A very long list of authors with small print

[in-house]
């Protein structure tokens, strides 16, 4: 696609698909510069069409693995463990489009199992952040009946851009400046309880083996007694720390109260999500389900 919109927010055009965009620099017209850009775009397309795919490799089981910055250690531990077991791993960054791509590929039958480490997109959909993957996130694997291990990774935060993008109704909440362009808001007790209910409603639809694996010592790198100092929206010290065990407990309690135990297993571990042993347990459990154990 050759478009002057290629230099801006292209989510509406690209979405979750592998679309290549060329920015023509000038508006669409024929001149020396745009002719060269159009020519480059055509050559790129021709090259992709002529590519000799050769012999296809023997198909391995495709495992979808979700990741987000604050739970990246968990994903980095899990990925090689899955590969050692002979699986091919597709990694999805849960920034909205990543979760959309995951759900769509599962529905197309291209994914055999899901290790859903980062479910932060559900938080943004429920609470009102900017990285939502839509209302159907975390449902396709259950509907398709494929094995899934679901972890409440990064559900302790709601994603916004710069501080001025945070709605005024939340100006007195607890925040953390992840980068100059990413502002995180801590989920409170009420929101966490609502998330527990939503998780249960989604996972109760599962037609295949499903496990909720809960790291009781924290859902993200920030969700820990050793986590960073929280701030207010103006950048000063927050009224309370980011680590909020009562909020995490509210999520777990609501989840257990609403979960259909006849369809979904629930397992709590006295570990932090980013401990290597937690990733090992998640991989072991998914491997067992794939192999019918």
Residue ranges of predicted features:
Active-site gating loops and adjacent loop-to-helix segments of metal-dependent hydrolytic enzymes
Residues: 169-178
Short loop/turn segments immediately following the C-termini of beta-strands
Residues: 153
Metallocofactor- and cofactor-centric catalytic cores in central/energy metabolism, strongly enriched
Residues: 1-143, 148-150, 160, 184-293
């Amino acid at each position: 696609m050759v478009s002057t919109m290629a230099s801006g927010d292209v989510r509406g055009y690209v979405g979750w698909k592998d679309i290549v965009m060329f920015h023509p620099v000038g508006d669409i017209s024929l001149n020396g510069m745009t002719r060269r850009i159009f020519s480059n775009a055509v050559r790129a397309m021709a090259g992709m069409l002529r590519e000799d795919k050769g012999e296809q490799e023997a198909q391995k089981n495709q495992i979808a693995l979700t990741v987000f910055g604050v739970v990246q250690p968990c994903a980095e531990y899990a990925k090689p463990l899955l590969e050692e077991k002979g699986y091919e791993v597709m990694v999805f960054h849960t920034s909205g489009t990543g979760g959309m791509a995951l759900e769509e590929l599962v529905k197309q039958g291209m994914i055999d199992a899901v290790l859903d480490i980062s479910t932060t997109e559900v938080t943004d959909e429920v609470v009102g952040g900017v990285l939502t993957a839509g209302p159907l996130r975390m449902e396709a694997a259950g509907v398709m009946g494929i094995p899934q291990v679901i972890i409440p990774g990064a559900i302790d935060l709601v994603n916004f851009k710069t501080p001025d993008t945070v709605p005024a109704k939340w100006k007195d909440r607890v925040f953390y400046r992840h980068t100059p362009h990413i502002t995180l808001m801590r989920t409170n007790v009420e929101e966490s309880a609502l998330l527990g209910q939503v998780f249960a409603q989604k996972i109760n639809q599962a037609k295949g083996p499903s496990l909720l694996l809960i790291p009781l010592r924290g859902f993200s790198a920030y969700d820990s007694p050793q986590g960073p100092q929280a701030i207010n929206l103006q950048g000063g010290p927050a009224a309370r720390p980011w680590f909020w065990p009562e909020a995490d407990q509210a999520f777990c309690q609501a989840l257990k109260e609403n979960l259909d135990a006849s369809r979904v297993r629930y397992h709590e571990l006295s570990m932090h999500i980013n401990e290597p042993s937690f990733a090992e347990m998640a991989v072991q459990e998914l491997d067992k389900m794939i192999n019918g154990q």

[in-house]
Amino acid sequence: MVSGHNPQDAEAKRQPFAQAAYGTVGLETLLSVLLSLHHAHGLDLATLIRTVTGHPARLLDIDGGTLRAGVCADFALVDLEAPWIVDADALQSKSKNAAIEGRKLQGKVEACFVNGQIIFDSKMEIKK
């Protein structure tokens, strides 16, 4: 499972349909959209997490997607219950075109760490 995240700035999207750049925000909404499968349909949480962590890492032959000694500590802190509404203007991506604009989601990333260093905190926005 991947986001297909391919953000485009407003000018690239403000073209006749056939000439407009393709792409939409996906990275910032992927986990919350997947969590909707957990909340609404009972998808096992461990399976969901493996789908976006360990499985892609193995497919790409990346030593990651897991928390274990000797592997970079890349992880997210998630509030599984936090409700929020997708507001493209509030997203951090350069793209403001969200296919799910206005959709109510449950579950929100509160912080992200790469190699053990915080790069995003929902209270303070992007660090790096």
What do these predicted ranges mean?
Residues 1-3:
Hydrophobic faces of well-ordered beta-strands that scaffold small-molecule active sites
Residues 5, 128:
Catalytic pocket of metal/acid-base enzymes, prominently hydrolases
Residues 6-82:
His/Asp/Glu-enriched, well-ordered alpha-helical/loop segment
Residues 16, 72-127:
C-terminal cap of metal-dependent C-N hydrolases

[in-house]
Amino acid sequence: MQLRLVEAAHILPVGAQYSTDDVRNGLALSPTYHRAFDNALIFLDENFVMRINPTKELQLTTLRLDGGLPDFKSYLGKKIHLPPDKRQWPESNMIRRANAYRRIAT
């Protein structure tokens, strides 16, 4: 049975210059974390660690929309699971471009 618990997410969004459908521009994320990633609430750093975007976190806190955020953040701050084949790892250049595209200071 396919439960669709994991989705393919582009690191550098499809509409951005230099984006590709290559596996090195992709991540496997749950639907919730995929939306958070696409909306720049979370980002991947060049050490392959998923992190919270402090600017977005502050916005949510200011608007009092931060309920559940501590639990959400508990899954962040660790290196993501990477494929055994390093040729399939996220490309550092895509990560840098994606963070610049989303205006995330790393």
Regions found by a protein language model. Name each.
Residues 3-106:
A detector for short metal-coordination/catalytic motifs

A partial author list from: W. Leung, C. D. Shaffer, L. K. Reed, S. T. Smith, W. Barshop, W. Dirkes, M. Dothager, P. Lee, J. Wong, D. Xiong, H. Yuan, J. E. J. Bedard, J. F. Machone, S. D. Patterson, A. L. Price, B. A. Turner, S. Robic, E. K. Luippold, S. R. McCartha, T. A. Walji, C. A. Walker, K. Saville, M. K. Abrams, A. R. Armstrong, W. Armstrong, R. J. Bailey, C. R. Barberi, L. R. Beck, A. L. Blaker, C. E. Blunden, J. P. Brand, E. J. Brock, D. W. Brooks, M. Brown, S. C. Butzler, E. M. Clark, N. B. Clark, A. A. Collins, R. J. Cotteleer, P. R. Cullimore, S. G. Dawson, C. T. Docking, S. L. Dorsett, G. A. Dougherty, K. A. Downey, A. P. Drake, E. K. Earl, T. G. Floyd, J. D. Forsyth, J. D. Foust, S. L. Franchi, J. F. Geary, C. K. Hanson, T. S. Harding, C. B. Harris, J. M. Heckman, H. L. Holderness, N. A. Howey, D. A. Jacobs, E. S. Jewell, M. Kaisler, E. A. Karaska, J. L. Kehoe, H. C. Koaches, J. Koehler, D. Koenig, A. J. Kujawski, J. E. Kus, J. A. Lammers, R. R. Leads, E. C. Leatherman, R. N. Lippert, G. S. Messenger, A. T. Morrow, V. Newcomb, H. J. Plasman, S. J. Potocny, M. K. Powers, R. M. Reem, J. P. Rennhack, K. R. Reynolds, L. A. Reynolds, D. K. Rhee, A. B. Rivard, A. J. Ronk, M. B. Rooney, L. S. Rubin, L. R. Salbert, R. K. Saluja, T. Schauder, A. R. Schneiter, R. W. Schulz, K. E. Smith, S. Spencer, B. R. Swanson, M. A. Tache, A. A. Tewilliager, A. K. Tilot, E. VanEck, M. M. Villerot, M. B. Vylonis, D. T. Watson, J. A. Wurzler, L. M. Wysocki, M. Yalamanchili, M. A. Zaborowicz, J. A. Emerson, C. Ortiz, F. J. Deuschle, L. A. DiLorenzo, K. L. Goeller, C. R. Macchi, S. E. Muller, B. D. Pasierb, J. E. Sable, J. M. Tucci, M. Tynon, D. A. Dunbar, L. H. Beken, A. C. Conturso, B. L. Danner, G. A. DeMichele, J. A. Gonzales, M. S. Hammond, C. V. Kelley, E. A. Kelly, D. Kulich, C. M. Mageeney, N. L. McCabe, A. M. Newman, L. A. Spaeder, R. A. Tumminello, D. Revie, J. M. Benson, M. C. Cristostomo, P. A. DaSilva, K. S. Harker, J. N. Jarrell, L. A. Jimenez, B. M. Katz, W. R. Kennedy, K. S. Kolibas, M. T. LeBlanc, T. T. Nguyen, D. S. Nicolas, M. D. Patao, S. M. Patao, B. J. Rupley, B. J. Sessions, J. A. Weaver, A. L. Goodman, E. L. Alvendia, S. M. Baldassari, A. S. Brown, I. O. Chase, M. Chen, S. Chiang, A. B. Cromwell, A. F. Custer, T. M. DiTommaso, J. El-Adaimi, N. C. Goscinski, R. A. Grove, N. Gutierrez, R. S. Harnoto, H. Hedeen, E. L. Hong, B. L. Hopkins, V. F. Huerta, C. Khoshabian, K. M. LaForge, C. T. Lee, B. M. Lewis, A. M. Lydon, B. J. Maniaci, R. D. Mitchell, E. V. Morlock, W. M. Morris, P. Naik, N. C. Olson, J. M. Osterloh, M. A. Perez, J. D. Presley, M. J. Randazzo, M. K. Regan, F. G. Rossi, M. A. Smith, E. A. Soliterman, C. J. Sparks, D. L. Tran, T. Wan, A. A. Welker, J. N. Wong, A. Sreenivasan, J. Youngblom, A. Adams, J. Alldredge, A. Bryant, D. Carranza, A. Cifelli, K. Coulson, C. Debow, N. Delacruz, C. Emerson, C. Farrar, D. Foret, E. Garibay, J. Gooch, M. Heslop, S. Kaur, A. Khan, V. Kim, T. Lamb, P. Lindbeck, G. Lucas, E. Macias, D. Martiniuc, L. Mayorga, J. Medina, N. Membreno, S. Messiah, L. Neufeld, S. F. Nguyen, Z. Nichols, G. Odisho, D. Peterson, L. Rodela, P. Rodriguez, V. Rodriguez, J. Ruiz, W. Sherrill, V. Silva, J. Sparks, G. Statton, A. Townsend, I. Valdez, M. Waters, K. Westphal, S. Winkler, J. Zumkehr, R. J. DeJong, A. J. Hoogewerf, C. M. Ackerman, I. O. Armistead, L. Baatenburg, M. J. Borr, L. K. Brouwer, B. J. Burkhart, K. T. Bushhouse, L. Cesko, T. Y. Y. Choi, H. Cohen, A. M. Damsteegt, J. M. Darusz, C. M. Dauphin, Y. P. Davis, E. J. Diekema, M. Drewry, M. E. M. Eisen, H. M. Faber, K. J. Faber, E. Feenstra, I. T. Felzer-Kim, B. L. Hammond, J. Hendriksma, M. R. Herrold, J. A. Hilbrands, E. J. Howell, S. A. Jelgerhuis, T. R. Jelsema, B. K. Johnson, K. K. Jones, A. Kim, R. D. Kooienga, E. E. Menyes, E. A. Nollet, B. E. Plescher, L. Rios, J. L. Rose, A. J. Schepers, G. Scott, J. R. Smith, A. M. Sterling, J. C. Tenney, C. Uitvlugt, R. E. Van Dyken, M. VanderVennen, S. Vue, N. P. Kokan, K. Agbley, S. K. Boham, D. Broomfield, K. Chapman, A. Dobbe, I. Dobbe, W. Harrington, M. N. Ibrahem, A. Kennedy, C. A. Koplinsky, C. Kubricky, D. Ladze et al. Drosophila Muller F Elements Maintain a Distinct Set of Genomic Properties Over 40 Million Years of Evolution. G3: Genes|Genomes|Genetics, 2015; DOI: 10.1534/g3.114.015966